In the absence of relevant examples, it is not clear whether Branciari’s concept of weakening the triangle inequality will prove useful in analysis. However, the notion of assigning a ‘distance’ between each two points of an abstract set is fundamental in geometry. According to Blumenthal [[4], p.31], this notion has its origins in the late nineteenth century in axiomatic studies of de Tilly [5]. In his 1928 treatise [6], Karl Menger used the term *halb-metrischer Raume*, *or semimetric space*, to describe the same concept. We begin by summarizing the results of Wilson’s seminal paper [7] on semimetric spaces.

**Definition 1** Let *X* be a set and let
be a mapping satisfying for each
:

I.
, and
;

II.
. Then the pair
is called a *semimetric space*.

In such a space, convergence of sequences is defined in the usual way: A sequence
is said to *converge* to
if
. Also, a sequence is said to be *Cauchy* (or *d*-Cauchy) if for each
there exists
such that
. The space
is said to be *complete* if every Cauchy sequence has a limit.

With such a broad definition of distance, three problems are immediately obvious: (i) *There is nothing to assure that limits are unique* (*thus the space need not be Hausdorff*); (ii) *a convergent sequence need not be a Cauchy sequence*; (iii) *the mapping*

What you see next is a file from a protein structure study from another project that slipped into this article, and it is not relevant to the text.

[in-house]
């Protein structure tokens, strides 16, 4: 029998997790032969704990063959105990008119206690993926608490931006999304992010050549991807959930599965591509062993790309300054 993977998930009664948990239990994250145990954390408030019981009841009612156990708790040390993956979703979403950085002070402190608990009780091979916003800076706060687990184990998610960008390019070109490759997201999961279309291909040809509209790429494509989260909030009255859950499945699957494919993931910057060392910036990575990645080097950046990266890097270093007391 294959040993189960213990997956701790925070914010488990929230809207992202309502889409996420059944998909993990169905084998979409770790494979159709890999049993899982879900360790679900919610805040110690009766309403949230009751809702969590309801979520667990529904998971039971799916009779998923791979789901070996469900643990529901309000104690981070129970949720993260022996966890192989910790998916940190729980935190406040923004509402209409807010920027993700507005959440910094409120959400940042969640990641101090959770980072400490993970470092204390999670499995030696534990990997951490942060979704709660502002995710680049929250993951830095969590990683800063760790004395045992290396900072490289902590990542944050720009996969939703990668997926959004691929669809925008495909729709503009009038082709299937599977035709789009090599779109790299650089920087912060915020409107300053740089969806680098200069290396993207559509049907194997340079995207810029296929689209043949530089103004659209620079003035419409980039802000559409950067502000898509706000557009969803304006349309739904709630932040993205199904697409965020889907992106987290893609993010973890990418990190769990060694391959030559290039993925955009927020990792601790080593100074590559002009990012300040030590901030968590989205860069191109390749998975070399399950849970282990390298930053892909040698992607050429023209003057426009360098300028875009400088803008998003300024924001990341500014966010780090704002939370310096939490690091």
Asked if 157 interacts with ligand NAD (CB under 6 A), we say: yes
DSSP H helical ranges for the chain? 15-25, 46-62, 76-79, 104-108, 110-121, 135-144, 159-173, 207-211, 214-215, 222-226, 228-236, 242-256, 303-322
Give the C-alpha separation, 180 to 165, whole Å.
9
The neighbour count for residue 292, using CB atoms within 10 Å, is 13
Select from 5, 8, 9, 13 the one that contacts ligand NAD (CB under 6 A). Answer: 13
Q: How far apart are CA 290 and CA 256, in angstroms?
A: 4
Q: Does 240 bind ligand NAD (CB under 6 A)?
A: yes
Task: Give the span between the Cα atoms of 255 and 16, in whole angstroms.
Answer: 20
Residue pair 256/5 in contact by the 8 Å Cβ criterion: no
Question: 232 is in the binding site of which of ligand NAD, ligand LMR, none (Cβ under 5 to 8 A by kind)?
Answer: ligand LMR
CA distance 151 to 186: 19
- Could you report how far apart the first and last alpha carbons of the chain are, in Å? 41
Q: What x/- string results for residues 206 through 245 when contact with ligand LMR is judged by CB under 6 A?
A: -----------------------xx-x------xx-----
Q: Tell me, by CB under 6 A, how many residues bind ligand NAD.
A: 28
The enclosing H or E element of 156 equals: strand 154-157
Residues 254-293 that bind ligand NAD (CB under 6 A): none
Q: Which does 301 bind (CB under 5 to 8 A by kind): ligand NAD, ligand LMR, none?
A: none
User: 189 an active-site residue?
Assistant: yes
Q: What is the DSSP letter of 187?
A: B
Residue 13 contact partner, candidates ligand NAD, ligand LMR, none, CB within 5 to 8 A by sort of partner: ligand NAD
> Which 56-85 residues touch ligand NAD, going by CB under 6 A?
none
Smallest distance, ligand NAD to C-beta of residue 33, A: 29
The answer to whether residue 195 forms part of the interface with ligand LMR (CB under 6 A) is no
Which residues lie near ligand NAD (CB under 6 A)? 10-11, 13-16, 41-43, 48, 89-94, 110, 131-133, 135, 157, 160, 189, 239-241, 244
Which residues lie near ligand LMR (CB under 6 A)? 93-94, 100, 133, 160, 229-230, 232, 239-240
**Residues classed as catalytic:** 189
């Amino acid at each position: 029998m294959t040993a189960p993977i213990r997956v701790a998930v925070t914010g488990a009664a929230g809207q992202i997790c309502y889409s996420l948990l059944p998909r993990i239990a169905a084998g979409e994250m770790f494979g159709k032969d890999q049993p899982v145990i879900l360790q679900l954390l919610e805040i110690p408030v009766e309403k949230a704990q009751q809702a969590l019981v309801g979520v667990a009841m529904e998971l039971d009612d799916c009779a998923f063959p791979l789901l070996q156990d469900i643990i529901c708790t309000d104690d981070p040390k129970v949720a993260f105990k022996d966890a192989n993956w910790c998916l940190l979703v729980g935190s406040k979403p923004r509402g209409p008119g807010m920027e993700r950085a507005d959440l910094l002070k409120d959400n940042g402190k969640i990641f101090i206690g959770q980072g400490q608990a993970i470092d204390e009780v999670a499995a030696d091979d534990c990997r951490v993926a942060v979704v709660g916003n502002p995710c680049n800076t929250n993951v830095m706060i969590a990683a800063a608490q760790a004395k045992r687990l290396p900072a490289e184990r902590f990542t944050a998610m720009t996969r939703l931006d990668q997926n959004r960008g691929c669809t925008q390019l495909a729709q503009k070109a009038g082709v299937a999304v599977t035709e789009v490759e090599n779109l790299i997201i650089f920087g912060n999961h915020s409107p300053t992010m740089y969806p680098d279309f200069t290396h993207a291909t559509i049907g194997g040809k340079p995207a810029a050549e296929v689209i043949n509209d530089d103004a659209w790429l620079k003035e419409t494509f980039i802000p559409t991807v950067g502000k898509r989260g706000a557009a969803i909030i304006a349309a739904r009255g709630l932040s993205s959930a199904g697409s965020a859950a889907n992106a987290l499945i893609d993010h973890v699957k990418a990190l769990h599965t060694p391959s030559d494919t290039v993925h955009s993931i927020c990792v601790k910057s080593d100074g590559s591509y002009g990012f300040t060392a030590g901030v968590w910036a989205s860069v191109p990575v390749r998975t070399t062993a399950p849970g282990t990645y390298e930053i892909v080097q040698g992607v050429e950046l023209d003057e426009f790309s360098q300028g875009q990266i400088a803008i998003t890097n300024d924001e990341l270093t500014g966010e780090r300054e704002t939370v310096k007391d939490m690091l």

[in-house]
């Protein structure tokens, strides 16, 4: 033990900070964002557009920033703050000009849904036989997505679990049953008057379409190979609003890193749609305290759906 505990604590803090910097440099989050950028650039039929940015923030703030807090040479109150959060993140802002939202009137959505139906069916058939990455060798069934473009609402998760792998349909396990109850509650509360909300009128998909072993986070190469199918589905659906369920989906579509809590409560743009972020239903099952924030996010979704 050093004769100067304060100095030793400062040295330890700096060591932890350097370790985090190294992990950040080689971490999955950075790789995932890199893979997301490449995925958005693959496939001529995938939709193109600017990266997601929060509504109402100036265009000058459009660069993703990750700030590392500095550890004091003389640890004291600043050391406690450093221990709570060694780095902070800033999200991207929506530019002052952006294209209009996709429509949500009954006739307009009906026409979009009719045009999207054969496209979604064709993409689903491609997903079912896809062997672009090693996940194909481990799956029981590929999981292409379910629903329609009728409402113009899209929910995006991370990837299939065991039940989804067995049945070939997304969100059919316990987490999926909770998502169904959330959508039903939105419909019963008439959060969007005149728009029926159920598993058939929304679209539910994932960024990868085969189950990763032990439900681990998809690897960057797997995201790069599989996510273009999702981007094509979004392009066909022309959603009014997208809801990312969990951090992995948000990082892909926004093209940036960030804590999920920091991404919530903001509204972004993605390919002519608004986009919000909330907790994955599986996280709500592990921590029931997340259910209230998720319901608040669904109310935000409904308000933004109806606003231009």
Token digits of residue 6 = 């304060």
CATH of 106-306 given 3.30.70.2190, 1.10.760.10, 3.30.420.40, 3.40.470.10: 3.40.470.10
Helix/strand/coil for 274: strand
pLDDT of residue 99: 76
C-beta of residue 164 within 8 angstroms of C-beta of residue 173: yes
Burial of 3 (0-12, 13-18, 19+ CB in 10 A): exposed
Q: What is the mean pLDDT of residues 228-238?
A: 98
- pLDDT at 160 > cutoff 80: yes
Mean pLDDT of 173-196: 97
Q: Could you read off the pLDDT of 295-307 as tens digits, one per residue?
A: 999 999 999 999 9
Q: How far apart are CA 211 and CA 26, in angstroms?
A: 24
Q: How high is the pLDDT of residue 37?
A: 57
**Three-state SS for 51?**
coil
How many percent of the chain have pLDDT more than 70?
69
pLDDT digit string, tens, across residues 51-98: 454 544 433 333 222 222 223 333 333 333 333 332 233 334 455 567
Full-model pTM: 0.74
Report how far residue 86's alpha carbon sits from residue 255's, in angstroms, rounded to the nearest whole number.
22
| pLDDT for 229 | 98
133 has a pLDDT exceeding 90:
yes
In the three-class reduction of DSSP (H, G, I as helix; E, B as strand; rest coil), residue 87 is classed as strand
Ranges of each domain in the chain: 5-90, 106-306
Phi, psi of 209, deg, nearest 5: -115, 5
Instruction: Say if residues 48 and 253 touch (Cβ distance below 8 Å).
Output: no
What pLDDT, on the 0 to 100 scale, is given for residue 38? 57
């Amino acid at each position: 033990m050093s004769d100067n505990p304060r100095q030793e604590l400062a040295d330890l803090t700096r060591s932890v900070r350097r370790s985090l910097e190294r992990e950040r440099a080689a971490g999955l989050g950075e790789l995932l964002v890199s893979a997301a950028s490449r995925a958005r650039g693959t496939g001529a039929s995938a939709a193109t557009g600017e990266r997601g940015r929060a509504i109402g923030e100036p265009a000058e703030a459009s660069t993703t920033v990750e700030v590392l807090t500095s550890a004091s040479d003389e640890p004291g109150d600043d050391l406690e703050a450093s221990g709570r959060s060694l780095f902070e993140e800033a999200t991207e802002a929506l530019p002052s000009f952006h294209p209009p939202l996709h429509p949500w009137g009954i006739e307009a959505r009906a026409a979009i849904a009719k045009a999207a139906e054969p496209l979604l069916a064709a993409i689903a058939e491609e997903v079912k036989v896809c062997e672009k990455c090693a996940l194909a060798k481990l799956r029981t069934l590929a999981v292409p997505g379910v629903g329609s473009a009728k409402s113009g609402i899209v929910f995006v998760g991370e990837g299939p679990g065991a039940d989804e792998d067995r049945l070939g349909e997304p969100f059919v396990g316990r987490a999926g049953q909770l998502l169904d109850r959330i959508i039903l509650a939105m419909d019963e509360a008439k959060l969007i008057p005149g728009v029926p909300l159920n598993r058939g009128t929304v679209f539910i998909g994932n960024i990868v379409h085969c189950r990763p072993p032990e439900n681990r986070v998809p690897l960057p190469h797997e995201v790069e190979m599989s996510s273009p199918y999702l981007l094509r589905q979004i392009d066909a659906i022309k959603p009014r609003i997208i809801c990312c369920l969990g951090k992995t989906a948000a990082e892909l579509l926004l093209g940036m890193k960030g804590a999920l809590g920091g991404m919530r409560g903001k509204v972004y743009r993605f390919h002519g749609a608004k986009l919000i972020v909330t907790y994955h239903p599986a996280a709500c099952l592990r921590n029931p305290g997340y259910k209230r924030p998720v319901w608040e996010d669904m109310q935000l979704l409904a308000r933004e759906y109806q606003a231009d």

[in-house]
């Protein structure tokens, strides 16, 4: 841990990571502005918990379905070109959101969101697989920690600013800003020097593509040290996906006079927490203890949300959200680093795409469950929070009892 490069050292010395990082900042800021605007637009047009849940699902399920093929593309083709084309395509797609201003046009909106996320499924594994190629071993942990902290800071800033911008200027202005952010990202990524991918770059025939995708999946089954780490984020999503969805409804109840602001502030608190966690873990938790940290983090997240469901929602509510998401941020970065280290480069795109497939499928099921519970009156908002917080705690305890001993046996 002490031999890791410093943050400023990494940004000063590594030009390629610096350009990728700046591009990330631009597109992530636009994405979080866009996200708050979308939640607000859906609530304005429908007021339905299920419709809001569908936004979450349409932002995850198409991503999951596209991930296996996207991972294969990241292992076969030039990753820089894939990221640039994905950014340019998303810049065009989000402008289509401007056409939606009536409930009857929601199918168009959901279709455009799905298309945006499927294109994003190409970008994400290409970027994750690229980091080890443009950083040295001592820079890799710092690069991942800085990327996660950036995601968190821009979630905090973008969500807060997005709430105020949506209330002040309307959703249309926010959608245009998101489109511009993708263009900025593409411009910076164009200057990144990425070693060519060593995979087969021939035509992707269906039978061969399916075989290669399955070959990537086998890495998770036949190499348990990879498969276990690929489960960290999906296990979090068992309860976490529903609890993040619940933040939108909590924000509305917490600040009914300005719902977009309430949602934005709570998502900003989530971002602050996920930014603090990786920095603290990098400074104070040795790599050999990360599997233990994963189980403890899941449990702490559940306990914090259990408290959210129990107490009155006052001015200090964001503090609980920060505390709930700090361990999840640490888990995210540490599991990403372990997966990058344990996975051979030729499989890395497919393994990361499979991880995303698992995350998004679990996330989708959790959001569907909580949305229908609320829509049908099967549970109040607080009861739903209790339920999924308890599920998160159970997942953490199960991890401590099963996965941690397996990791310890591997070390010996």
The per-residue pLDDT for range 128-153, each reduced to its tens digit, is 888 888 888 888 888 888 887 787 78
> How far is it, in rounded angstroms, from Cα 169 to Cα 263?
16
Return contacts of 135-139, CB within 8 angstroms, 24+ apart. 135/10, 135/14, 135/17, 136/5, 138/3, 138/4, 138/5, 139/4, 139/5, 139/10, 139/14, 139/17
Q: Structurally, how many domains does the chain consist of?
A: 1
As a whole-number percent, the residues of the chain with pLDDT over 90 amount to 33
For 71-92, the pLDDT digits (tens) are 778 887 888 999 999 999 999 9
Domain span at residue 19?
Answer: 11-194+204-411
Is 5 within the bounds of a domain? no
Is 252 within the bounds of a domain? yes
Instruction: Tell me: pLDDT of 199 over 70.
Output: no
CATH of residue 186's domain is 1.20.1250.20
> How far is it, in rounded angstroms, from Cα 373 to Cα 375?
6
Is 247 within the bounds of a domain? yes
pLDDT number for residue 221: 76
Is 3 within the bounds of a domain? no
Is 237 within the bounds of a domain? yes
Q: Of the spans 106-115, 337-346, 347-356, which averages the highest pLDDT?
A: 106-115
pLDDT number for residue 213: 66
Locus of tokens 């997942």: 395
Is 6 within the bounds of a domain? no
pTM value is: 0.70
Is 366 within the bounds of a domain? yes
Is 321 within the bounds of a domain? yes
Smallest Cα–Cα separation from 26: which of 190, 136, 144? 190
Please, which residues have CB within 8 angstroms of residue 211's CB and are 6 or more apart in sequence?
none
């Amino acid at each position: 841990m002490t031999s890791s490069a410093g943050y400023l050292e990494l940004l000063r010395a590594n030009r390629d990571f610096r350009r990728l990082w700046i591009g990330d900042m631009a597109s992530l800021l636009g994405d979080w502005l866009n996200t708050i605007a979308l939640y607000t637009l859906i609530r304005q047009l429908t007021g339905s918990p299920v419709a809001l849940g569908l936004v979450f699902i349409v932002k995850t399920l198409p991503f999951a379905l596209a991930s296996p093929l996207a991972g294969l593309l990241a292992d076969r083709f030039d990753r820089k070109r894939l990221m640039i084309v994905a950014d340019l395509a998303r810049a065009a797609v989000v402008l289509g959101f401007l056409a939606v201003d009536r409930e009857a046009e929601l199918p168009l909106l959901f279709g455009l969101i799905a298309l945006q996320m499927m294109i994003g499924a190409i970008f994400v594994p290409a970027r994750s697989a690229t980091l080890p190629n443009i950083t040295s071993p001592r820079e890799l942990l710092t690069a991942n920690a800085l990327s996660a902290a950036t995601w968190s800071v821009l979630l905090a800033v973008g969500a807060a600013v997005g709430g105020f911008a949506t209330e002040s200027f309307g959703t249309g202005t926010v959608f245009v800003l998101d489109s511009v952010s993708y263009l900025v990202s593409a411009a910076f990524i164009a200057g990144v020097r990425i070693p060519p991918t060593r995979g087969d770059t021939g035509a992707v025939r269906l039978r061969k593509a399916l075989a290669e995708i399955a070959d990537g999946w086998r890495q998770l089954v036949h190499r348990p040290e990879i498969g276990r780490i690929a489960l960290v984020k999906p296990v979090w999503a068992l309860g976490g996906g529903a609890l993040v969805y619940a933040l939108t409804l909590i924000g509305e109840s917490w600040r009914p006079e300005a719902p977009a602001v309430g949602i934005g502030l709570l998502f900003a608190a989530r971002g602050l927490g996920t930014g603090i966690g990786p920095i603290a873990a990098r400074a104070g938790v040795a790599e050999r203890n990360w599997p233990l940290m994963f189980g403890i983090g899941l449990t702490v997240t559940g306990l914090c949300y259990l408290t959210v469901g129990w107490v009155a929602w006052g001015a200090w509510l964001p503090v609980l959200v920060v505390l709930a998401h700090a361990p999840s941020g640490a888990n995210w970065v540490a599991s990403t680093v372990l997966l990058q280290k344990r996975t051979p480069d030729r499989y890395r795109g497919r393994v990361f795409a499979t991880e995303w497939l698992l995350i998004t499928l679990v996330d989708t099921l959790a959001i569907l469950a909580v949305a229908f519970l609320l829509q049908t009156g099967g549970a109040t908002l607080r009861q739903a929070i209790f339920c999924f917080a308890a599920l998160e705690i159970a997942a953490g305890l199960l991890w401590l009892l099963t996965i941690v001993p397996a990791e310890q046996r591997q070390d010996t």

*need not even be continuous*. Therefore it is unlikely there could be an effective topological theory in such a setting.

With the introduction of the triangle inequality, problems (i), (ii), and (iii) are simultaneously eliminated.

VI. (Triangle inequality)

*With*
*X*
*and*
*d*
*as in Definition* 1,

*assume also that for each*
,

**Definition 2** A pair
satisfying Axioms I, II, and VI is called a *metric space*.^{a}

In his study [7], Wilson introduces three axioms in addition to I and II which are weaker than VI. These are the following.

III.

*For each pair of* (

*distinct*)

*points*
,

*there is a number*
*such that for every*
,

IV.

*For each point*
*and each*
,

*there is a number*
*such that if*
satisfies

, then

*for every*
,

V.

*For each*
, there is a number

such that if

satisfy

, then for every

,

Obviously, if Axiom V is strengthened to
, then the space becomes metric. Chittenden [8] has shown (using an equivalent definition) that a semimetric space satisfying Axiom V is always *homeomorphic* to a metric space.

Axiom III is equivalent to the assertion that there do not exist distinct points
and a sequence
such that
as
. Thus, as Wilson observes, the following is self-evident.

**Proposition 1**
*In a semimetric space*, *Axiom *III *is equivalent to the assertion that limits are unique*.

For
, let
. Then Axiom III is also equivalent to the assertion that *X* is Hausdorff in the sense that given any two distinct points
, there exist positive numbers
and
such that
. This suggests the presence of a topology.

**Definition 3** Let
be a semimetric space. Then the distance function *d* is said to be *continuous* if for any sequences
,
and
.